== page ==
Sleep apnea is a common disorder that causes breathing to stop and repeatedly start, interrupting sleep, reducing the quality of rest, and leading to more serious risks due to lowering the oxygen levels in your body. The way you position your body as you sleep can impact your health.
While you may have a favorite sleeping position or change often during the night, choosing one is beneficial for improving your breathing and providing relief from sleep disorders, including certain forms of sleep apnea.
Your favorite sleep position may be comfortable, though if you’re diagnosed with sleep apnea, it’s essential to consider if it supports a good night’s sleep and whether you’ll need a CPAP mask.
It’s also essential to determine which type of this sleep disorder you have so that you can find the best accommodation for your health.
What Are the Symptoms of Sleep Apnea?
The most common symptoms of sleep apnea include loud snoring, fatigue in the morning, frequent sleep disruption, waking up to gasp for air, insomnia, irritability, dry mouth, and headaches.
Generally, you may feel as though you never slept, even if you were asleep for the appropriate amount of time for a good night’s rest. These symptoms may cause difficulty paying attention while awake, causing drowsiness and hypersomnia or daytime sleepiness.
Sleep apnea symptoms can be subtle initially, though, over time, you or someone in your home may recognize more serious issues, such as difficulty breathing and not falling into REM sleep.
There are varying degrees of sleep apnea severity, which can impact how you sleep, and the best sleeping position for relief from this condition.
Different Types of Sleep Apnea
There are several types of this sleeping disorder, which include the following:
- Central sleep apnea, or CSA, is a sleep disorder that occurs when your brain doesn’t know when to send the right signals to your airway muscles, which control breathing.
- Obstructive sleep apnea, or OSA, is one of the most common types of this disorder, where the muscles in your throat relax, which causes the airways to constrict, blocking air from flowing into the lungs.
- Complex sleep apnea, or treatment-emergent central sleep apnea, usually happens if you have the obstructive form of this condition, which can become less severe with proper treatment with diagnosis and a sleep study.
A sleep specialist can provide the proper treatment required, based on the type of sleep apnea condition, which can help alleviate your symptoms, prevent heart problems and breathing issues, and improve your sleep quality.
Which Are the Best Sleep Positions for Sleep Apnea?
There are several sleep positions that are ideal for sleep apnea sufferers, which can support your breathing as part of your sleep medicine treatment.
When you find the right position for sleep, investing in the best mattress, pillow, and bedding is essential to avoid neck pain.
Sleeping on Your Side
Side sleeping is a good position for many sleep apnea patients, with your back straight or slightly bent. When you sleep on the left side, this reduces the effects of this sleeping disorder more than on the right.
This body position increases blood flow, so you don’t experience as many interruptions at night. When you sleep on your side, you’ll have better spine alignment and less stomach reflux.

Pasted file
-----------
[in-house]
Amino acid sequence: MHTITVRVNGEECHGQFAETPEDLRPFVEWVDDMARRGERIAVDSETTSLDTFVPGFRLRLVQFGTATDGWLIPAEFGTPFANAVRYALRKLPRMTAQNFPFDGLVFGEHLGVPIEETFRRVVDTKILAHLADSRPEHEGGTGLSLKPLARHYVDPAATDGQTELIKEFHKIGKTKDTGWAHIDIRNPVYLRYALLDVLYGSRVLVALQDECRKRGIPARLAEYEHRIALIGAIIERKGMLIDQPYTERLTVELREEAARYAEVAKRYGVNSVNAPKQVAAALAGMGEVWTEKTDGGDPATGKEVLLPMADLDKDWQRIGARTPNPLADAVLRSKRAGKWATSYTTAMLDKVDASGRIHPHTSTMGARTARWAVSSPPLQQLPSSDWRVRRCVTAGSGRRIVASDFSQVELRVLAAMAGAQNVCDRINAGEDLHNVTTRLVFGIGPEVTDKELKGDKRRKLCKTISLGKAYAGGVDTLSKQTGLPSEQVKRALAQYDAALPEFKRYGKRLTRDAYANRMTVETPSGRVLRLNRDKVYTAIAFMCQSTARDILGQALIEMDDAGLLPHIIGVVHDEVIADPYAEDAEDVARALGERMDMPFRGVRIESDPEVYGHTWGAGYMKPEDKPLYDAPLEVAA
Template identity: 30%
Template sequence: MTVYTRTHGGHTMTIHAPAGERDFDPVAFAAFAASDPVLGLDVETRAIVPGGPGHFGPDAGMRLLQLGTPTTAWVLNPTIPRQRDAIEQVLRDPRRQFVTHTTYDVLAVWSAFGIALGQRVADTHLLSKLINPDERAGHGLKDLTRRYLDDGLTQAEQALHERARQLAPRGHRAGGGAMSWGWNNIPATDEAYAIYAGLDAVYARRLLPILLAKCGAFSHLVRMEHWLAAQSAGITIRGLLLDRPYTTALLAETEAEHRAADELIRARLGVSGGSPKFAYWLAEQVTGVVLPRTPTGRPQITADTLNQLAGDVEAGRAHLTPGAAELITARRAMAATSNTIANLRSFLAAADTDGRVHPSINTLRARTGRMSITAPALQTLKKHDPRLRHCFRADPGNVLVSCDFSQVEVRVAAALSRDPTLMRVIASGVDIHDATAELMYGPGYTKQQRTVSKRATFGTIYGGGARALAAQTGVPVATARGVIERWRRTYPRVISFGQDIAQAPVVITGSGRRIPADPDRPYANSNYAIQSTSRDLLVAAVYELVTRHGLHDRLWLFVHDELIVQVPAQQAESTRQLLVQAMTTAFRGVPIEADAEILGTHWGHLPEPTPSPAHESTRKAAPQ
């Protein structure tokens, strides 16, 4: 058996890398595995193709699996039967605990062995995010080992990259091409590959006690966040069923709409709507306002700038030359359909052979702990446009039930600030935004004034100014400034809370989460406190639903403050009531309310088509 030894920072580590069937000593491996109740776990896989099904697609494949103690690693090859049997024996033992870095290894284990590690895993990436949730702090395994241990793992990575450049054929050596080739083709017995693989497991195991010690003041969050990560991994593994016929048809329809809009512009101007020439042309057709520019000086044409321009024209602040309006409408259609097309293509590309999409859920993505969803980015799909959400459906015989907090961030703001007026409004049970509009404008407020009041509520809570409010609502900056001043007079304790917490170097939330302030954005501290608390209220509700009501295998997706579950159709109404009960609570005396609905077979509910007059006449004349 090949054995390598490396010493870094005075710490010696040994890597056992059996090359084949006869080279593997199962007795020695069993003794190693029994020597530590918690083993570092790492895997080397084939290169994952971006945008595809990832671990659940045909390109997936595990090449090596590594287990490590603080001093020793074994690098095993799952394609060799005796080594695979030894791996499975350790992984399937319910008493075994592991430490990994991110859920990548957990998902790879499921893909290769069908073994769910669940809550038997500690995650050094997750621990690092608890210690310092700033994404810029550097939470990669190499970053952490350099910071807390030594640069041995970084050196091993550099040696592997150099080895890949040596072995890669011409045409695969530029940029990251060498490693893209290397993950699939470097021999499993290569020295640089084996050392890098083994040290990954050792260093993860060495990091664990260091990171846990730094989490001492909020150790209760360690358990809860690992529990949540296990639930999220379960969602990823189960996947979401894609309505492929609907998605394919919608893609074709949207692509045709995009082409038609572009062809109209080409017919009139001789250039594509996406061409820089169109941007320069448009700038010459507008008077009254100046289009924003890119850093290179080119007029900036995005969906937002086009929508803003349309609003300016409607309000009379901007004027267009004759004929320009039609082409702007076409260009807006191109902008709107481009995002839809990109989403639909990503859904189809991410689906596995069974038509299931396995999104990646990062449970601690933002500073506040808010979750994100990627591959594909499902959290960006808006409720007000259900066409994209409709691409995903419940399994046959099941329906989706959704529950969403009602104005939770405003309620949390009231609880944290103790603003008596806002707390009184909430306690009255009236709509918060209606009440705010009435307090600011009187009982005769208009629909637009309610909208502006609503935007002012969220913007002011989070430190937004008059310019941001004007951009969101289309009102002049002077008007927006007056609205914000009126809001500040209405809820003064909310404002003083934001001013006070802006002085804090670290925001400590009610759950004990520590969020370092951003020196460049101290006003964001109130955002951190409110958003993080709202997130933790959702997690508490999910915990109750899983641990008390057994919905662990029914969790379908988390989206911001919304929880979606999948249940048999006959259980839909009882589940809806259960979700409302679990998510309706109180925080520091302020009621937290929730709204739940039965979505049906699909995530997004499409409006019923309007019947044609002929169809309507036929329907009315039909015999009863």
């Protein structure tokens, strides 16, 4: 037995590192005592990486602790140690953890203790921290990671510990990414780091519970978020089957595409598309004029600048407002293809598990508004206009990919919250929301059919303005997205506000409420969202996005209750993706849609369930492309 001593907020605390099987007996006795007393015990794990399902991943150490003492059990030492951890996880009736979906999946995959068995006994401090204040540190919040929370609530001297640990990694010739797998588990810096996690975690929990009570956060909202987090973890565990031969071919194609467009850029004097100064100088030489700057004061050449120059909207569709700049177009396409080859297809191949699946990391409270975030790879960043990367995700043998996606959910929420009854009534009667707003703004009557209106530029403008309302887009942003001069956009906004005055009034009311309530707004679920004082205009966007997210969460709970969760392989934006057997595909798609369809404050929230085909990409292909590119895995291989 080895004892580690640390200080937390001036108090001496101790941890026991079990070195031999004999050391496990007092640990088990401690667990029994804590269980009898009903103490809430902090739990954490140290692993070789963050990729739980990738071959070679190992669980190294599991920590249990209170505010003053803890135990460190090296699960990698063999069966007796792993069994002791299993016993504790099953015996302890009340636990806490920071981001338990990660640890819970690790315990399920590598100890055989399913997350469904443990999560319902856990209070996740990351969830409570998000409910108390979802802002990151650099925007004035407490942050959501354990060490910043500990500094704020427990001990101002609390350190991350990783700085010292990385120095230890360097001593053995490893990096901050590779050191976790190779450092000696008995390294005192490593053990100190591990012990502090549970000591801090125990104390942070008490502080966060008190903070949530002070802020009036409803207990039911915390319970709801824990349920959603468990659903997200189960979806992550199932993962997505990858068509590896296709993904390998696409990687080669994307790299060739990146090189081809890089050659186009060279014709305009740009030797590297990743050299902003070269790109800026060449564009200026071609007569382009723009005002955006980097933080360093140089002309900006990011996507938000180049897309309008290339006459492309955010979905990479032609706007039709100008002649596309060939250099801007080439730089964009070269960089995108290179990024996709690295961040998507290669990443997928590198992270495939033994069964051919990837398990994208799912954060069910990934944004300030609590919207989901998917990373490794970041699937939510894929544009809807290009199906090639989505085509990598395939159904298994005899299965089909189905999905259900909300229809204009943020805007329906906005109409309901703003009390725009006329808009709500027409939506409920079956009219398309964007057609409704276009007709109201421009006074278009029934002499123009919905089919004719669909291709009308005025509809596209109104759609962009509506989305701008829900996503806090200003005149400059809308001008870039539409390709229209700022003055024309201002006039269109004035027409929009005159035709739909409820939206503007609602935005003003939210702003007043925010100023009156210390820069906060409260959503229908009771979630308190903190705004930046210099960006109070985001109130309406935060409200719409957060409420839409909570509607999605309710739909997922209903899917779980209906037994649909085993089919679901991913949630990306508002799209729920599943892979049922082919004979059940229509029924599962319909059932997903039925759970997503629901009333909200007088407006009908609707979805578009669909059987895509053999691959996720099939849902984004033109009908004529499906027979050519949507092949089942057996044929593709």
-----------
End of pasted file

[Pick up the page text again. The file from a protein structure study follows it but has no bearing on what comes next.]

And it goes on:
An extra, larger pillow that you can hug close to your body helps keep your position consistent during sleep. It’s also a great option during pregnancy or if you experience congestion and need to clear your airways while you sleep.
If you find that sleeping on your right side is a better option, it’s also a good position, as it can provide similar relief, including improved circulation and easier breathing as you sleep.
Sleeping on Your Stomach
While sleeping on your stomach is not the top choice for people with sleep health issues, especially sleep apnea, it can provide the benefit of keeping your airways open so that the tissues in your mouth and throat are pulled forward.
This process reduces the cause of obstruction, though depending on how your support your head, it’s essential to make sure that your pillow doesn’t block your mouth or nose, which can interfere with breathing.
If this position is preferred, you may find that sleeping with a thin pillow or a similar pillow designed for stomach sleepers will ease any discomfort or strain, especially if you sleep most of the night face-down.
It’s also common for some individuals to switch between side sleeping and rest on the stomach, both of which provide advantages for easing sleep apnea symptoms.
Sleeping Positions to Avoid: Sleeping on Your Back
Sleeping on your back is not recommended for moderate or severe sleep apnea sufferers. This position can increase the chances of irregular and interrupted breathing by pulling the soft tissues in your throat downward, which can block your airways.
If this sleeping position is habitual, you find it helpful to purchase a new pillow that can support your body on your side, or you can set a set of pillows or a large body pillow on the opposite side so that you’re prompted to sleep in a new position.
Before you decide which sleeping position is best for you, it’s important to consult with a specialist with a local sleep foundation or clinic, which may include sleep studies for a diagnosis.
The type of body position also depends on whether you require breathing devices, such as CPAP therapy, which involves a machine and a mask. Further treatments may include surgery to reduce the effects of sleep apnea and lifestyle changes.
Early diagnosis and care for sleep apnea, including adapting to the most beneficial sleeping positions, are vital for reducing the serious effects of this condition while helping you enjoy quality sleep. Proper treatment and good sleep will improve concentration, memory, and well-being during the day.